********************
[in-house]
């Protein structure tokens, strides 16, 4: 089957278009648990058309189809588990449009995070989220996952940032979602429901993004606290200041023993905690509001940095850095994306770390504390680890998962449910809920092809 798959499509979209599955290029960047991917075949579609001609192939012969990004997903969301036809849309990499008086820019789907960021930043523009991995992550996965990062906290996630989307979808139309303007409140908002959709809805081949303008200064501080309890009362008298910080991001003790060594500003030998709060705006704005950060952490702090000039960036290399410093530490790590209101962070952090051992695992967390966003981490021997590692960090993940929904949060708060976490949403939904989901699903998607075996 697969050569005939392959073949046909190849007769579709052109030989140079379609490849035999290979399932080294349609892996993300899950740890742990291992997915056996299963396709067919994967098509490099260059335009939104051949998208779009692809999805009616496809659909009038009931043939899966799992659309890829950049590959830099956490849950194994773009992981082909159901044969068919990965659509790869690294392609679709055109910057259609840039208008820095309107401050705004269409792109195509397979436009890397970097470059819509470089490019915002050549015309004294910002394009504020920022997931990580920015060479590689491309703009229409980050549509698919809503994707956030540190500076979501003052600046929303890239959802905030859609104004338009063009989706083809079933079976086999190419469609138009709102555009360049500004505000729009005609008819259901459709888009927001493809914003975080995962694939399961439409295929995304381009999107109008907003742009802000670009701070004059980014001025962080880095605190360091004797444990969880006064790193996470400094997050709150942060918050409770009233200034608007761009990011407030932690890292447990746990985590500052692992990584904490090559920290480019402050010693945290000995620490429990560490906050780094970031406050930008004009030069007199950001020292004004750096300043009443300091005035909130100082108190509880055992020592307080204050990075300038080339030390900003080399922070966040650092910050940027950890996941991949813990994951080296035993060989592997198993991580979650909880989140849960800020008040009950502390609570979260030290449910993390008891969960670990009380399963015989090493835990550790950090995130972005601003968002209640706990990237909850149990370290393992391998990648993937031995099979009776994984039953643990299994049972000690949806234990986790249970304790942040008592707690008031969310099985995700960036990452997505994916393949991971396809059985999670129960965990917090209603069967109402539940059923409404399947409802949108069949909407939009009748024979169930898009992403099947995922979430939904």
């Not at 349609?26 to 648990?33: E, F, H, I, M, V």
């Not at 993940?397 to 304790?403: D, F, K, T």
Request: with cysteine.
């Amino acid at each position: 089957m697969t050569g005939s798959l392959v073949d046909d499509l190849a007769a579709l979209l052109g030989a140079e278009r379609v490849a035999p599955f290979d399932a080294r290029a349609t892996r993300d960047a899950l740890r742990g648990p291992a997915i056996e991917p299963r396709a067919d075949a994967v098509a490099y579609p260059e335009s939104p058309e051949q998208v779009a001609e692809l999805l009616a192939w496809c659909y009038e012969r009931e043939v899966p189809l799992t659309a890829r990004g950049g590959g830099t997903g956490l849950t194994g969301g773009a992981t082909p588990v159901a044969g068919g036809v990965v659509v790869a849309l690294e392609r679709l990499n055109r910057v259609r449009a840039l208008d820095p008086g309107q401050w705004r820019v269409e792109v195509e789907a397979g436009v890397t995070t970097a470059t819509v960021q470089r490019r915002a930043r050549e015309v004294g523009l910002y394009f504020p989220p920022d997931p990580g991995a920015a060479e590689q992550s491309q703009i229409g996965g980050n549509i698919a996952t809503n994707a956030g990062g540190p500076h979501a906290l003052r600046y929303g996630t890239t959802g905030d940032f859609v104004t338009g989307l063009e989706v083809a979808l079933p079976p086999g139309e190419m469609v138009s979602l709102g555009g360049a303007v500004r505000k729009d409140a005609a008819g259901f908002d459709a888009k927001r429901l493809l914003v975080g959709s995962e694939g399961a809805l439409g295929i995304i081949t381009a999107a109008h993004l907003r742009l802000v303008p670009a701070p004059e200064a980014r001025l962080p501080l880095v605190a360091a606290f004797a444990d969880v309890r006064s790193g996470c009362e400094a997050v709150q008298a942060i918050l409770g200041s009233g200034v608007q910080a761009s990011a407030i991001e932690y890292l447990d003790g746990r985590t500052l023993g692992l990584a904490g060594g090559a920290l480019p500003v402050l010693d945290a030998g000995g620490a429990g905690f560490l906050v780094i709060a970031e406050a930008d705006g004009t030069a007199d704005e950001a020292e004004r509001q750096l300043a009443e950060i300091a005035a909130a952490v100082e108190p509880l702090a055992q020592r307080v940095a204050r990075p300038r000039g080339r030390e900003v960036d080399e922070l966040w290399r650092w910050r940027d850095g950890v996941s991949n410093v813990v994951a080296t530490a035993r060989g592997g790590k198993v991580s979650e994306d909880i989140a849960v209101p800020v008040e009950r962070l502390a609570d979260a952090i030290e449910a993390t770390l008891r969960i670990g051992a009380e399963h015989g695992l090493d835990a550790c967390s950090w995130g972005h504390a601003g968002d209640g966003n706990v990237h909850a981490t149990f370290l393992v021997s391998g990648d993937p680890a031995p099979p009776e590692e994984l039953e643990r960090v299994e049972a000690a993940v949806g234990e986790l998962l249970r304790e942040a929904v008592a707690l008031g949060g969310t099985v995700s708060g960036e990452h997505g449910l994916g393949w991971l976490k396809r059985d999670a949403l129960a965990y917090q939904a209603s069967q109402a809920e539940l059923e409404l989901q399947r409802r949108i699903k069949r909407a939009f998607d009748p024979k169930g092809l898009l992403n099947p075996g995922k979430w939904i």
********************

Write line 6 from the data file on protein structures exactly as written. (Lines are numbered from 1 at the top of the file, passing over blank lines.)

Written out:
């Amino acid at each position: 089957m697969t050569g005939s798959l392959v073949d046909d499509l190849a007769a579709l979209l052109g030989a140079e278009r379609v490849a035999p599955f290979d399932a080294r290029a349609t892996r993300d960047a899950l740890r742990g648990p291992a997915i056996e991917p299963r396709a067919d075949a994967v098509a490099y579609p260059e335009s939104p058309e051949q998208v779009a001609e692809l999805l009616a192939w496809c659909y009038e012969r009931e043939v899966p189809l799992t659309a890829r990004g950049g590959g830099t997903g956490l849950t194994g969301g773009a992981t082909p588990v159901a044969g068919g036809v990965v659509v790869a849309l690294e392609r679709l990499n055109r910057v259609r449009a840039l208008d820095p008086g309107q401050w705004r820019v269409e792109v195509e789907a397979g436009v890397t995070t970097a470059t819509v960021q470089r490019r915002a930043r050549e015309v004294g523009l910002y394009f504020p989220p920022d997931p990580g991995a920015a060479e590689q992550s491309q703009i229409g996965g980050n549509i698919a996952t809503n994707a956030g990062g540190p500076h979501a906290l003052r600046y929303g996630t890239t959802g905030d940032f859609v104004t338009g989307l063009e989706v083809a979808l079933p079976p086999g139309e190419m469609v138009s979602l709102g555009g360049a303007v500004r505000k729009d409140a005609a008819g259901f908002d459709a888009k927001r429901l493809l914003v975080g959709s995962e694939g399961a809805l439409g295929i995304i081949t381009a999107a109008h993004l907003r742009l802000v303008p670009a701070p004059e200064a980014r001025l962080p501080l880095v605190a360091a606290f004797a444990d969880v309890r006064s790193g996470c009362e400094a997050v709150q008298a942060i918050l409770g200041s009233g200034v608007q910080a761009s990011a407030i991001e932690y890292l447990d003790g746990r985590t500052l023993g692992l990584a904490g060594g090559a920290l480019p500003v402050l010693d945290a030998g000995g620490a429990g905690f560490l906050v780094i709060a970031e406050a930008d705006g004009t030069a007199d704005e950001a020292e004004r509001q750096l300043a009443e950060i300091a005035a909130a952490v100082e108190p509880l702090a055992q020592r307080v940095a204050r990075p300038r000039g080339r030390e900003v960036d080399e922070l966040w290399r650092w910050r940027d850095g950890v996941s991949n410093v813990v994951a080296t530490a035993r060989g592997g790590k198993v991580s979650e994306d909880i989140a849960v209101p800020v008040e009950r962070l502390a609570d979260a952090i030290e449910a993390t770390l008891r969960i670990g051992a009380e399963h015989g695992l090493d835990a550790c967390s950090w995130g972005h504390a601003g968002d209640g966003n706990v990237h909850a981490t149990f370290l393992v021997s391998g990648d993937p680890a031995p099979p009776e590692e994984l039953e643990r960090v299994e049972a000690a993940v949806g234990e986790l998962l249970r304790e942040a929904v008592a707690l008031g949060g969310t099985v995700s708060g960036e990452h997505g449910l994916g393949w991971l976490k396809r059985d999670a949403l129960a965990y917090q939904a209603s069967q109402a809920e539940l059923e409404l989901q399947r409802r949108i699903k069949r909407a939009f998607d009748p024979k169930g092809l898009l992403n099947p075996g995922k979430w939904i």